Successful, high profile work for my team may end up being large-scale, or even perhaps global, but this work normally begins with small, scrappy models or prototypes on a workbench. We rarely start with a big idea and more often start with investigations or explorations of a particular technology. For example all of our Hangouts in History work started with a completely open experimental project called ‘Extreme Hangouts’ that included suggestions for emergency services, interactive gaming and speed eating, as well as teaching history using actors. We work on what we are interested in, where we can, and big ‘things’ typically start small. Another example is our current projects with video cubes which started with a cube experiment two years prior and then that sat there until the mobile technology caught up with what we wanted to do. Our work is naturally cloud-based. We expect people to work from wherever they are, and we expect to be able to assimilate the skill sets that we need—sharing access to documents, designs and presentation decks online. We frequently work with small agencies and freelancers worldwide, and we expect these participants to ‘dial in’ to a Google hangout when we need to chat, wherever they happen to be. Collaboration means letting everyone contribute to everything, then letting people know what everyone is doing and letting them do what they each do really well. This process stresses fluidity in individual and group skill sets, and a capacity to ‘dive in’ and add value immediately. We have ‘walk-time’, which give us time to talk, share, show and make. We have sprints, highly focused periods of intense output that is geared to defined goals—and we discourage team members from hiding away and labouring on ‘perfect’ solutions. Very little lasts long in our work process—either offline or online—and bringing a sense of impermanence into our practice is hugely beneficial because??. We are often more productive if we keep verbal discussions to a minimum and instead construct prototypes or models in a given timeframe. We re-use and re-cycle, we learn by doing, and doing, and doing.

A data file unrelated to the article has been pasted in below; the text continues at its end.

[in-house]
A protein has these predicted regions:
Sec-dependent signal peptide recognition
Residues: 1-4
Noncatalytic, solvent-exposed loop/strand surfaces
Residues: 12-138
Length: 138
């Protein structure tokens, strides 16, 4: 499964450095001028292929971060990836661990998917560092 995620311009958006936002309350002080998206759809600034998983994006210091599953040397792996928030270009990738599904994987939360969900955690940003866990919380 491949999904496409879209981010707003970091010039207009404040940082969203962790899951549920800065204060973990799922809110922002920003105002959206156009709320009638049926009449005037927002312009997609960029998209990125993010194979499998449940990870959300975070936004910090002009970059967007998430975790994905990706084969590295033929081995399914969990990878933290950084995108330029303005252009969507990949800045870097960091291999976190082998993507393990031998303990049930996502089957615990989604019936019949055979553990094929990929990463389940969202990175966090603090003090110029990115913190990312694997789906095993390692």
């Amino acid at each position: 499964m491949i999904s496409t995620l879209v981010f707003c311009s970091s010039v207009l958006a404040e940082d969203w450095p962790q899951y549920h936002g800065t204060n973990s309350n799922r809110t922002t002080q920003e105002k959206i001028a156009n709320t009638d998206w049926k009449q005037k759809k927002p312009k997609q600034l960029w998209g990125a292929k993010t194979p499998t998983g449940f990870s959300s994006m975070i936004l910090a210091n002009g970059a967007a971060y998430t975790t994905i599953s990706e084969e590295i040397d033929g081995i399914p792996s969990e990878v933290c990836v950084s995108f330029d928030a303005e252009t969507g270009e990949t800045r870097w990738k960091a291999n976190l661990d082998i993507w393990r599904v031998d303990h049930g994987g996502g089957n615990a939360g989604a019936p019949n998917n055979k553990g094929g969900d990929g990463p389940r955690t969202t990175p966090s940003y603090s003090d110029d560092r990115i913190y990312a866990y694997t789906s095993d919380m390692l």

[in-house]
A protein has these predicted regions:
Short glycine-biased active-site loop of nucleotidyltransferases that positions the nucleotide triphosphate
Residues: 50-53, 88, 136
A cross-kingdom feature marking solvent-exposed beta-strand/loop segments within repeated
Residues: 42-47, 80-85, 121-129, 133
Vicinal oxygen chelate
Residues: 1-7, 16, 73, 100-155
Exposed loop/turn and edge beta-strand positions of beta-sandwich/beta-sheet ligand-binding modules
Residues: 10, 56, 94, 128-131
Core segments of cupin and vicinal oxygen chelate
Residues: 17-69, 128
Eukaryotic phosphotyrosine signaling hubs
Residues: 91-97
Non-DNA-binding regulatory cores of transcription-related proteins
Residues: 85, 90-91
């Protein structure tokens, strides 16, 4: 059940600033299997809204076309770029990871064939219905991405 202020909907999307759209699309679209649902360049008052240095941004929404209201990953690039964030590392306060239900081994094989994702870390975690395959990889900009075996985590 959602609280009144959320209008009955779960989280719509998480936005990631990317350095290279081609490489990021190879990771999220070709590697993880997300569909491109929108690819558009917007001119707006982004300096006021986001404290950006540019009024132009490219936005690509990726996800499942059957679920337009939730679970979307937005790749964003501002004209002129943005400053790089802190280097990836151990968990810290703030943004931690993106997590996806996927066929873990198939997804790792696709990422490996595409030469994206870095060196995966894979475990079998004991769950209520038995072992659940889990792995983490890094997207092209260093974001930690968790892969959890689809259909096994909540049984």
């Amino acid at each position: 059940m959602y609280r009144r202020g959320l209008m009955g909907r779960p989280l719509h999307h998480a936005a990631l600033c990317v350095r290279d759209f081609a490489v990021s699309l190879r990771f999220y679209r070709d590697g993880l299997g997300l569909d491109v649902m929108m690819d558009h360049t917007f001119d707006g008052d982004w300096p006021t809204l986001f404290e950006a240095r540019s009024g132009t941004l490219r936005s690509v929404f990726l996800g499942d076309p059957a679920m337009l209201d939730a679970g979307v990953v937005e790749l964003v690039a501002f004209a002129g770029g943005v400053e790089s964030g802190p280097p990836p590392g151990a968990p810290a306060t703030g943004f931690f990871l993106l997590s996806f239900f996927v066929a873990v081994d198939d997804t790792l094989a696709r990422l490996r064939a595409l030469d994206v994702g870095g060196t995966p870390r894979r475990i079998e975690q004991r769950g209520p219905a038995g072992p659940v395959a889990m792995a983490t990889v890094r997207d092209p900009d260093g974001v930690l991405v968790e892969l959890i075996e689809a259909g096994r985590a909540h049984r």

Ultimately, the outcome of this approach is that our design is speculative, which is an indulgence because most design or creative groups appear to work as parts of a more directed process. I think it takes a lot of courage for a company to allow small groups to explore without boundaries or expectations. We create speculative design, aiming for an immediate synthesis of knowledge, creativity and output; we believe in prototyping by design, by video, by modeling. We believe in beginning with the minimum viable products, and the ephemeral nature of our tools. With the organisational knowledge and relationships at our disposal it is as much a matter of creative strategy as design - and that feels like the best way to create.
A book in a box can survive 1,000 years; a computer in a box maybe 20. It is an irony for aspiring designers that their digital work will almost certainly not outlive them unless it is either printed in a book and housed in a library, or copied and pasted into the digital consciousness, uncredited, by the bloggers, the tumblrs, the pinteresti, the many curators of design online. The more we create, the less we need to preserve. I think every morning is worth finding a moment to acknowledge why we spend such time and effort on our craft, and, if you can, to relish that we have the freedom to create.